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Buy Or Sell: Steelers Need To Weigh Special Teams Heavily In Roster Decisions To Replace Losses

The offseason is inevitably a period of projection and speculation, which makes it the ideal time to ponder the hypotheticals that the Pittsburgh Steelers will face over the course of the next year, whether it is addressing free agency, the draft, performance on the field, or some more ephemeral topic.

That is what I will look to address in our Buy or Sell series. In each installment, I will introduce a topic statement and weigh some of the arguments for either buying it (meaning that you agree with it or expect it to be true) or selling it (meaning you disagree with it or expect it to be false).

The range of topics will be intentionally wide, from the general to the specific, from the immediate to that in the far future. And as we all tend to have an opinion on just about everything, I invite you to share your own each morning on the topic statement of the day.

Topic Statement: Replacing the special teams contributors the Steelers have lost this season should weigh meaningfully on the decisions made in finalizing the 53-man roster.

Explanation: The Steelers lost two of their most important special teams contributors this offseason in L.J. Fort and Darrius Heyward-Bey. We can also easily predict a steep reduction in Terrell Edmunds’ role, if he retains one at all. These players played valuable and productive roles on units that one can argue were already underperforming.

Buy:

Special teams is always going to weigh meaningfully on the finalization of the 53-man roster whether significant players were lost or not, but when you do lose those important players, it does have to factor in even more heavily. We know the Steelers look at it this way when Mike Tomlin refers to ‘starting’ roles for non-specialist players on special teams.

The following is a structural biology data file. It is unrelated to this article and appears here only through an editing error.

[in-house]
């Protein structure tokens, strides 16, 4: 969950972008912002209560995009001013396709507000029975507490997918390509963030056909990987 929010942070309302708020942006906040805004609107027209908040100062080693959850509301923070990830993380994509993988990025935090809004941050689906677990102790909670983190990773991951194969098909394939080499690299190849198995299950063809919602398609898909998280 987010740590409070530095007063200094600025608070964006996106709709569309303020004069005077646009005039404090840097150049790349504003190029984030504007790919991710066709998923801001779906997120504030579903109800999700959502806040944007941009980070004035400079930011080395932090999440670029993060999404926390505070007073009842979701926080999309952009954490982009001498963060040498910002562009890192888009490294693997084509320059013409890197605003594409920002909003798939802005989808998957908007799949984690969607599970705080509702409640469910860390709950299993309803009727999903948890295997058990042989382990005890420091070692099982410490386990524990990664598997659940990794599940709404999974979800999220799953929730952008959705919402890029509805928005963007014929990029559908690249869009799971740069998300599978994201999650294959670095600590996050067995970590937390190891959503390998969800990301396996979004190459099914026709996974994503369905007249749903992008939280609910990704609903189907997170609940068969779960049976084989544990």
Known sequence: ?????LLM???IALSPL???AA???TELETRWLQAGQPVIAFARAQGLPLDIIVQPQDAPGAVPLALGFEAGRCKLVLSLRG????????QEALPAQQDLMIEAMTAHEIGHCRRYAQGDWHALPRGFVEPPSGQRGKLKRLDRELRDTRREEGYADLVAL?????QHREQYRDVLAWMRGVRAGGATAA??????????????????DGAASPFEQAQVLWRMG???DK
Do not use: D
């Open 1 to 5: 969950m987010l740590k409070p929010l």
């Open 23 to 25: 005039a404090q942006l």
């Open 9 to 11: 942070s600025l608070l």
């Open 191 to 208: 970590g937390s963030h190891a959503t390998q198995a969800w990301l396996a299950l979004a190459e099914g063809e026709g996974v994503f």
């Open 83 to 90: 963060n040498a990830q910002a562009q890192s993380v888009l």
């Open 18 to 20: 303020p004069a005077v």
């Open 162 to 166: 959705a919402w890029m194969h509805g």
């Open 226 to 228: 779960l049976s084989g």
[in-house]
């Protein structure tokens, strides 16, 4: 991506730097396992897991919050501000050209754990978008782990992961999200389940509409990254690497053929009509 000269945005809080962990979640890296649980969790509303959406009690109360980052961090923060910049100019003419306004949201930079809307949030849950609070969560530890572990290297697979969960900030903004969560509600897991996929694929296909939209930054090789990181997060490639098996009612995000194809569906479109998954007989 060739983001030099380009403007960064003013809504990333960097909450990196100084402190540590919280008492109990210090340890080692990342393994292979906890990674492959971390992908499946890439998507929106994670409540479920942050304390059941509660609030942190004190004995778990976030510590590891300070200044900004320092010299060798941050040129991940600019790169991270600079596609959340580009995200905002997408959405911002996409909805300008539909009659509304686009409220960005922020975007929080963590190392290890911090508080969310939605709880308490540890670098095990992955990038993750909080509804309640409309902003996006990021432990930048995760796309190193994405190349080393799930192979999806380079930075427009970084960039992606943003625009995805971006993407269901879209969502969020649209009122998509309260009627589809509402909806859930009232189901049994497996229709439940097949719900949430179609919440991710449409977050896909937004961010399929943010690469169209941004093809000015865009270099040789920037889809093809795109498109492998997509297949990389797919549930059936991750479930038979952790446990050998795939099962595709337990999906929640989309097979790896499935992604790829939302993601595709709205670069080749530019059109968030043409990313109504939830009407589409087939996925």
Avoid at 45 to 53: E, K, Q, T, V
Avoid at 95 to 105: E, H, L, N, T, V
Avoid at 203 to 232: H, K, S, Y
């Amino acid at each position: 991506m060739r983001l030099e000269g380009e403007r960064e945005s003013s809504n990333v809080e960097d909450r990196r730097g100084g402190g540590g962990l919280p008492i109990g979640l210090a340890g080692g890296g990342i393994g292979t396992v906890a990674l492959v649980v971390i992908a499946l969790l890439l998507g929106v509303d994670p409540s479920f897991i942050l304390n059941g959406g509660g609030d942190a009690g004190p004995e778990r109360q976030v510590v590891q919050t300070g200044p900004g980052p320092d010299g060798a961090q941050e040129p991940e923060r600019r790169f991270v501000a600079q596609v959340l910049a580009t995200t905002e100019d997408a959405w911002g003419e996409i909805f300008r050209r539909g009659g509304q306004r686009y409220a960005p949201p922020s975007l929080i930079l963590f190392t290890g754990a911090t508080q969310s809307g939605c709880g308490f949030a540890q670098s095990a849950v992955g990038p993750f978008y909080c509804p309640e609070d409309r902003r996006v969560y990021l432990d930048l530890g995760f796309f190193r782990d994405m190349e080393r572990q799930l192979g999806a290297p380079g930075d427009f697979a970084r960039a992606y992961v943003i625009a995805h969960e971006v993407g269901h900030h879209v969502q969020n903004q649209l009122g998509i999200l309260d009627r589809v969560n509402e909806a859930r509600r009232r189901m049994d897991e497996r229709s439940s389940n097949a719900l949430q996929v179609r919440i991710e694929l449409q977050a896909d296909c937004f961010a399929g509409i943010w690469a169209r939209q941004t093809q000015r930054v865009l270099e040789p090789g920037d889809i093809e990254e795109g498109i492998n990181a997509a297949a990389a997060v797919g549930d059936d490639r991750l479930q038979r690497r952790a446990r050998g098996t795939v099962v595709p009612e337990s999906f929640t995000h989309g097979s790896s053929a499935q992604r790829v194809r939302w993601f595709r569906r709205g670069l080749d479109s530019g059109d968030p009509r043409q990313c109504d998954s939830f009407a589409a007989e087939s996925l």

Basically, if there are any fringe players who really stand out on special teams in the preseason this year, he needs to be considered with favor toward making the team. That goes doubly for anybody with elite speed, which was an invaluable dimension that Heyward-Bey added and really shaped some of their coverage units in ways most people don’t realize.

Sell:

As long as you have 11 players who have the want-to and the skill, and the intelligence to carry out their assignments, special teams really shouldn’t be so complicated. While special teams is important, it is, even more than offense or defense, about being schematically sound than anything else. You can’t have gaps in your coverage or protection or you’re either going to give up a big play or a big hit on your own returner.

And while the Steelers’ coverage and return units might have been largely sub-par last year, they were not an outright liability. The biggest negative was a punt return touchdown that by rights should have been called back due to a penalty for an illegal block in the back.

Sure, a guy like Sutton Smith or Ulysees Gilbert III is going to have a better chance of making the roster if he looks good on special teams, but that’s the way the story has always gone. That’s no different from the usual, and isn’t specifically about replacing special teams ‘starters’.

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